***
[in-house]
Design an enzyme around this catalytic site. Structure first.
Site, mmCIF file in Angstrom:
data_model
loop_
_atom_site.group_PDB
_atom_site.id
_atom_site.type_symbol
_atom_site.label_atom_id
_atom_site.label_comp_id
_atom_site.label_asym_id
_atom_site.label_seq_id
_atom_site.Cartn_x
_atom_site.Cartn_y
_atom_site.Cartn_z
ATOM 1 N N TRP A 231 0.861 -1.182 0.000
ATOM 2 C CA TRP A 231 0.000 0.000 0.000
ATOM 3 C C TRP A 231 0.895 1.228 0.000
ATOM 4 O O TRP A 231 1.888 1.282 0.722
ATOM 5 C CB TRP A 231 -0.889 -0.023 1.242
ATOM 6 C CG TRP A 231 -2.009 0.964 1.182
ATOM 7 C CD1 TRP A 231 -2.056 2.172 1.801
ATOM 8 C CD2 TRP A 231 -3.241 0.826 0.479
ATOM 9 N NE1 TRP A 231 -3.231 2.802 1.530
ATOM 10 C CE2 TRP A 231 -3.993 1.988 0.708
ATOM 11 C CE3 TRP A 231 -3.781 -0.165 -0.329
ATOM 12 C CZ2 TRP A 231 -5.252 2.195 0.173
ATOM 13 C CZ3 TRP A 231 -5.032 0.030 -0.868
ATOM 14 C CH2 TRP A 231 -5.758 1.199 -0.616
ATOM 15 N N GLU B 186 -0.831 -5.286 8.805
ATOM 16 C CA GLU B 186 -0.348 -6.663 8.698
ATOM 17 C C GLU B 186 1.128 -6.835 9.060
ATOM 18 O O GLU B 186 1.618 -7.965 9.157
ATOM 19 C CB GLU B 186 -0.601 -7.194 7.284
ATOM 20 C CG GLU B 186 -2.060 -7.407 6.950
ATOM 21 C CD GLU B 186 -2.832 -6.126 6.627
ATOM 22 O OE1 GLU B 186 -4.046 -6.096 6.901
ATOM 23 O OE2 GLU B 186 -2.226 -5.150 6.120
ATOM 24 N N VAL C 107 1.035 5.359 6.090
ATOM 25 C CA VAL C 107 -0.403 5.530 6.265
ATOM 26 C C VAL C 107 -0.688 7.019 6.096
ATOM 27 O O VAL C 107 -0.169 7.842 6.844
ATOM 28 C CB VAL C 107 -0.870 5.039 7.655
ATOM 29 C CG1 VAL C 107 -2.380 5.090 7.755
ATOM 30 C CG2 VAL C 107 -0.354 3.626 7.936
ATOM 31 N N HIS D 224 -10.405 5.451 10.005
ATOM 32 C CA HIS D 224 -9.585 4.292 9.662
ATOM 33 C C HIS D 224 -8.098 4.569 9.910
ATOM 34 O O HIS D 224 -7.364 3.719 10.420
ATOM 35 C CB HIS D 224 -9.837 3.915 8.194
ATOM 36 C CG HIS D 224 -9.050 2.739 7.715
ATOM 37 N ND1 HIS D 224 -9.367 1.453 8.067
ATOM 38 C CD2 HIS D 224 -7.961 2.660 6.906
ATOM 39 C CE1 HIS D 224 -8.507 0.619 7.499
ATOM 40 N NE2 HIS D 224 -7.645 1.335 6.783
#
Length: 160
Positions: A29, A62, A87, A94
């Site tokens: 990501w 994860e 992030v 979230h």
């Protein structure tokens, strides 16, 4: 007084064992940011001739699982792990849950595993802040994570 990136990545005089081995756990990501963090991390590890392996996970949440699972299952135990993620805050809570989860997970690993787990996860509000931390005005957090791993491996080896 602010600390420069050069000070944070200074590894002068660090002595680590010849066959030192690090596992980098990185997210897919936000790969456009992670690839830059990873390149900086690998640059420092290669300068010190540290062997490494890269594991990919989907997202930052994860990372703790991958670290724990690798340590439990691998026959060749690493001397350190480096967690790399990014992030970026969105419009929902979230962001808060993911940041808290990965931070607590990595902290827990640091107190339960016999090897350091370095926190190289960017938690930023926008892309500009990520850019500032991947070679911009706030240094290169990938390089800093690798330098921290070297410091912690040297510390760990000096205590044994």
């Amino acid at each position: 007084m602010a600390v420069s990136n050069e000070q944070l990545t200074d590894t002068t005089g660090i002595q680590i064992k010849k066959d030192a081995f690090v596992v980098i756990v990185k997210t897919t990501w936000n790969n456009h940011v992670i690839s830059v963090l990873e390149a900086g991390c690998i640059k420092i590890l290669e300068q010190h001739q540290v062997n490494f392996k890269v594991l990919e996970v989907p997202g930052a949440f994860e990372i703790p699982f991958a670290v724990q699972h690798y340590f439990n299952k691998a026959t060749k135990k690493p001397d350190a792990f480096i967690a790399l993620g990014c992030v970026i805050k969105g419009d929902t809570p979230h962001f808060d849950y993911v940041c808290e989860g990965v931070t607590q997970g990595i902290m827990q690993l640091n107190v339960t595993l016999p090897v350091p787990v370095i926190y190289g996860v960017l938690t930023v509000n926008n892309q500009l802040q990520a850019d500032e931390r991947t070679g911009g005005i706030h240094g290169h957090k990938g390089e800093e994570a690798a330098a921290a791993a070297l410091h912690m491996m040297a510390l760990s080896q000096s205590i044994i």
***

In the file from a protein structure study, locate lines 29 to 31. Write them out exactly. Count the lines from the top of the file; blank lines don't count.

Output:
ATOM 14 C CH2 TRP A 231 -5.758 1.199 -0.616
ATOM 15 N N GLU B 186 -0.831 -5.286 8.805
ATOM 16 C CA GLU B 186 -0.348 -6.663 8.698